Dundalk Middle earns top prize in county 'Clean Green' initiative

School rallied 404 volunteers for 121 clean-up projects

September 30, 2014|Staff Reports | The Baltimore Sun

Dundalk Middle School administrators, students and staff learned at an awards ceremony Tuesday that recent litter clean-up efforts at the school netted them the grand prize — and a $4,000 environmental grant — in the first year of the county's Team BCPS Clean Green 15 Litter Challenge.

County Executive Kevin Kamenetz, school Superintendent Dallas Dance and Education Foundation Director Debbie Phelps were at Dundalk Middle to announce that seven county public schools were winners in the campaign, which resulted in more than 3,200 volunteers participating in more than 300 clean-ups around the county.

Through the Clean Green program county public schools and supporters were challenged to conduct 15-minute clean-up activities in May and June. Schools could also undertake beautification efforts as well as part of the initiative.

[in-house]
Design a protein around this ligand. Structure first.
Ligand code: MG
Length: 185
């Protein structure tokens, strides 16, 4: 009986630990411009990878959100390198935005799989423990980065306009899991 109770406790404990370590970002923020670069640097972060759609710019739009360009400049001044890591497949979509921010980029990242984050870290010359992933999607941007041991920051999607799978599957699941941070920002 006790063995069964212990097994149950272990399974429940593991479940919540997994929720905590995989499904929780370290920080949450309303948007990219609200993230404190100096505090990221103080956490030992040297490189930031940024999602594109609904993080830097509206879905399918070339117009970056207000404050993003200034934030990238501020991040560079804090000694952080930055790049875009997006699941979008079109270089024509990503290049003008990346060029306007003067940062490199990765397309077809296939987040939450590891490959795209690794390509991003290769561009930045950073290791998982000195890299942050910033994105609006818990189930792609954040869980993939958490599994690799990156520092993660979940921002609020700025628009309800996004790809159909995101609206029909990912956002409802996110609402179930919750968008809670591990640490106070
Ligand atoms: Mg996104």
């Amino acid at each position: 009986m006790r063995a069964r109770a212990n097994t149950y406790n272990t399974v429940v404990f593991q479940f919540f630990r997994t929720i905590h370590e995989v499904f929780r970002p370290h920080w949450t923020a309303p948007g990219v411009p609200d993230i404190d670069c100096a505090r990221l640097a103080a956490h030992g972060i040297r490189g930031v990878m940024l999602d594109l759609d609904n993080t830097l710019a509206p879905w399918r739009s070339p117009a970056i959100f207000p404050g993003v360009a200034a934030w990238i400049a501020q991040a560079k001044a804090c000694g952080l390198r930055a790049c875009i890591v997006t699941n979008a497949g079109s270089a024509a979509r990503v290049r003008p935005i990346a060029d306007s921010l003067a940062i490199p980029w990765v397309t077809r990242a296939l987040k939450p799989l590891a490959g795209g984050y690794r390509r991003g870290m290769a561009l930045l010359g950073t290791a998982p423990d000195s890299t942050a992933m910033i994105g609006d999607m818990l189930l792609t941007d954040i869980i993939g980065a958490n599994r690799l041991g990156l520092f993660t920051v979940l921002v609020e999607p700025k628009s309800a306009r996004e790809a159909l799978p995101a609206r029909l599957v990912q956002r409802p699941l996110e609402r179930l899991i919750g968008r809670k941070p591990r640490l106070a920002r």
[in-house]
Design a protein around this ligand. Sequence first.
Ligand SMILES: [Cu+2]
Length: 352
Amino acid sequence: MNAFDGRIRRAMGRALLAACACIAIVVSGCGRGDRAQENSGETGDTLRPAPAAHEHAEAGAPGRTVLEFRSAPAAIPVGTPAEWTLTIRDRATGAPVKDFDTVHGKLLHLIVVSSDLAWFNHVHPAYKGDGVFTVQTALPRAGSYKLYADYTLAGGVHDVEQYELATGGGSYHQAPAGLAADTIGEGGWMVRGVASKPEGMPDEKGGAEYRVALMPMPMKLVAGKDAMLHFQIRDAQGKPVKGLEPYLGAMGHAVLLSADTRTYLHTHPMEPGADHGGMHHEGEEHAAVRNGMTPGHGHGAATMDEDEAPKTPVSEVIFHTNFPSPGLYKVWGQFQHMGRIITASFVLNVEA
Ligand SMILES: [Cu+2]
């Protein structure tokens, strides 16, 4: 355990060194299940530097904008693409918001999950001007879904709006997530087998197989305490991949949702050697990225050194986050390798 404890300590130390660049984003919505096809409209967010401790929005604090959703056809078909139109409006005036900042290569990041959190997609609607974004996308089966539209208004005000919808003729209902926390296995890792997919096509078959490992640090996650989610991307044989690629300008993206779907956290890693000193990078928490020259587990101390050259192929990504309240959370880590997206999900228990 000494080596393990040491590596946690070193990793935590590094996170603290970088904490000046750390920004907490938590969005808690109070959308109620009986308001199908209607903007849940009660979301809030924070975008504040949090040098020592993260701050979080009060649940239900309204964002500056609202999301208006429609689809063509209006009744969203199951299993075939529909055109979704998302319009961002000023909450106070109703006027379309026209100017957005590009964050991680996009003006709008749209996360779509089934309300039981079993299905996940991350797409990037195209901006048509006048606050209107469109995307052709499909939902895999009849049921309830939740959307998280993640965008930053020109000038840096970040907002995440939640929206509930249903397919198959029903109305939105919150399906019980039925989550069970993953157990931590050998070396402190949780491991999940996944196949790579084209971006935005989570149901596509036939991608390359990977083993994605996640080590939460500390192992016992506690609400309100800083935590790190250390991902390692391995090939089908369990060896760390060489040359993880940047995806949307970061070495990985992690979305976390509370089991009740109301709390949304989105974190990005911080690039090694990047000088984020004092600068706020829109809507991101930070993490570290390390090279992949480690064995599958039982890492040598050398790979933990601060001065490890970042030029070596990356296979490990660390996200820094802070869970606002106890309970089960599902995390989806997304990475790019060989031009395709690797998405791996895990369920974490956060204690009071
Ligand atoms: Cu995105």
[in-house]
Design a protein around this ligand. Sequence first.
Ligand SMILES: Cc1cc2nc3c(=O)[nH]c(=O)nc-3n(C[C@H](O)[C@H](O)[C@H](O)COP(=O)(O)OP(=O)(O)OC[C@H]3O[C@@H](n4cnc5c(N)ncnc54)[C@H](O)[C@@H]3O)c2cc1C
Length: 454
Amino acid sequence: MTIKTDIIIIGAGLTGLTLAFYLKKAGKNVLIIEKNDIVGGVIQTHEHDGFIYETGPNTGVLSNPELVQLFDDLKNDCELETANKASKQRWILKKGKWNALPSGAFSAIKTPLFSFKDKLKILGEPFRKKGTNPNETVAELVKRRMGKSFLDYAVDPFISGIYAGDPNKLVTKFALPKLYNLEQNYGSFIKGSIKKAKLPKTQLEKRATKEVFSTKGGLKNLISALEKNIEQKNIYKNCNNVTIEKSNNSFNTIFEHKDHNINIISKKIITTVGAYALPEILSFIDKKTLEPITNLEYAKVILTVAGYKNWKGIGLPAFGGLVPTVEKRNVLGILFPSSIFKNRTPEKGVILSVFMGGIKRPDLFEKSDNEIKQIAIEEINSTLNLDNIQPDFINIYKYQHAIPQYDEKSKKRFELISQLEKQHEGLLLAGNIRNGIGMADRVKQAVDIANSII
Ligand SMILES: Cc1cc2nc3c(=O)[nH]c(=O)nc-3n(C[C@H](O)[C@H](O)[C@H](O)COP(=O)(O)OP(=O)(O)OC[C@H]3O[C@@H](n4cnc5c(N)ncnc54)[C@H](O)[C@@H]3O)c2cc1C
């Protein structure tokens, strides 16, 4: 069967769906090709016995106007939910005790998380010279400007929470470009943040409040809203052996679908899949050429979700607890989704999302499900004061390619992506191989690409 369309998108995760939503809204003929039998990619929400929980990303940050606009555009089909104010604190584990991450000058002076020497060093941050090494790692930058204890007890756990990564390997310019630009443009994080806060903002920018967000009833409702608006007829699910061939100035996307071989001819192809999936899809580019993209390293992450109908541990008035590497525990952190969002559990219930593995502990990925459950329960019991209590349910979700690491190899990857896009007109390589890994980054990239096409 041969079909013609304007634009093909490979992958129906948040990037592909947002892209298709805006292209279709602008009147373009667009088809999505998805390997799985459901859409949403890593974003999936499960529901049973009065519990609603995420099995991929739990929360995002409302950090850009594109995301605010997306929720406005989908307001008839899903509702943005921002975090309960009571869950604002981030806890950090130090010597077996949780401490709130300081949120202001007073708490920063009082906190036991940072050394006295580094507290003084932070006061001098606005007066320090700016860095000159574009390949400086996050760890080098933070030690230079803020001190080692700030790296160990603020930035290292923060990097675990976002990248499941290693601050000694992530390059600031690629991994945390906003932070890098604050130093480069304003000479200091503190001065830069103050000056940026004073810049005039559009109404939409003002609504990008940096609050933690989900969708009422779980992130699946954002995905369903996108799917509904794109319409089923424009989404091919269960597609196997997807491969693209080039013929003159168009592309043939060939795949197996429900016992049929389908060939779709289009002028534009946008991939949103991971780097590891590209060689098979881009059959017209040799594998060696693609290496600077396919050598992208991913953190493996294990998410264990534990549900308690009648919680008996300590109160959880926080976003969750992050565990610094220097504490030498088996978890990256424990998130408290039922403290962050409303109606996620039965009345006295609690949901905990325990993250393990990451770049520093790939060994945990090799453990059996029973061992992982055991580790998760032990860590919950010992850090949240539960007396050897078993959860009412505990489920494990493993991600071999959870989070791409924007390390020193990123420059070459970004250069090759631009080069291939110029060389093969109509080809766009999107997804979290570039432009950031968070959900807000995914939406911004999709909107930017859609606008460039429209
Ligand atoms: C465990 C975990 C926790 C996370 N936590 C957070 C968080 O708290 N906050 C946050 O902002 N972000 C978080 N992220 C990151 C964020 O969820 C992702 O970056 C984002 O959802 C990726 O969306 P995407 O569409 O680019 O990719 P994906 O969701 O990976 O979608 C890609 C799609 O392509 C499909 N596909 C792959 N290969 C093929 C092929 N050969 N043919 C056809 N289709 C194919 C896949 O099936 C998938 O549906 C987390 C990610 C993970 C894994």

Officials said Dundalk Middle School alone had gathered 404 volunteers who filled 431 bags with trash during 121 separate clean-up events last spring.

Along with the $4,000 grant for Dundalk Middle, cash grants and STEM training were awarded to six other schools that placed first or second in elementary, middle and high school levels for the challenge.

"The Clean Green 15 initiative has been a great way for Team BCPS to learn about the importance of a clean environment and to show the pride we take in beautifying our schools and communities," said BCPS Superintendent Dr. S. Dallas Dance.

All of the cash grants from the Education Foundation of Baltimore County Public Schools will go toward funding school-based instructional projects emphasizing environmental literacy.

First place award winners, which received a $2,000 grant, included Westowne Elementary School, Holabird STEM Middle School and the Western School of Technology and Environmental Science.

Second place finishers Chapel Hill Elementary, Ridgely Middle and Woodlawn high schools — will receive additional Science, Technology, Engineering and Math (STEM) resources provided by Hot Spots Extended Care Programs Inc.

The challenge was a collaborative effort of the Kamenetz administration, Baltimore County Public Schools, the Education Foundation and the county's Department of Environmental Protection and Sustainability.

Sponsors included Comcast, Hot Spots and the Maryland Environmental Service.

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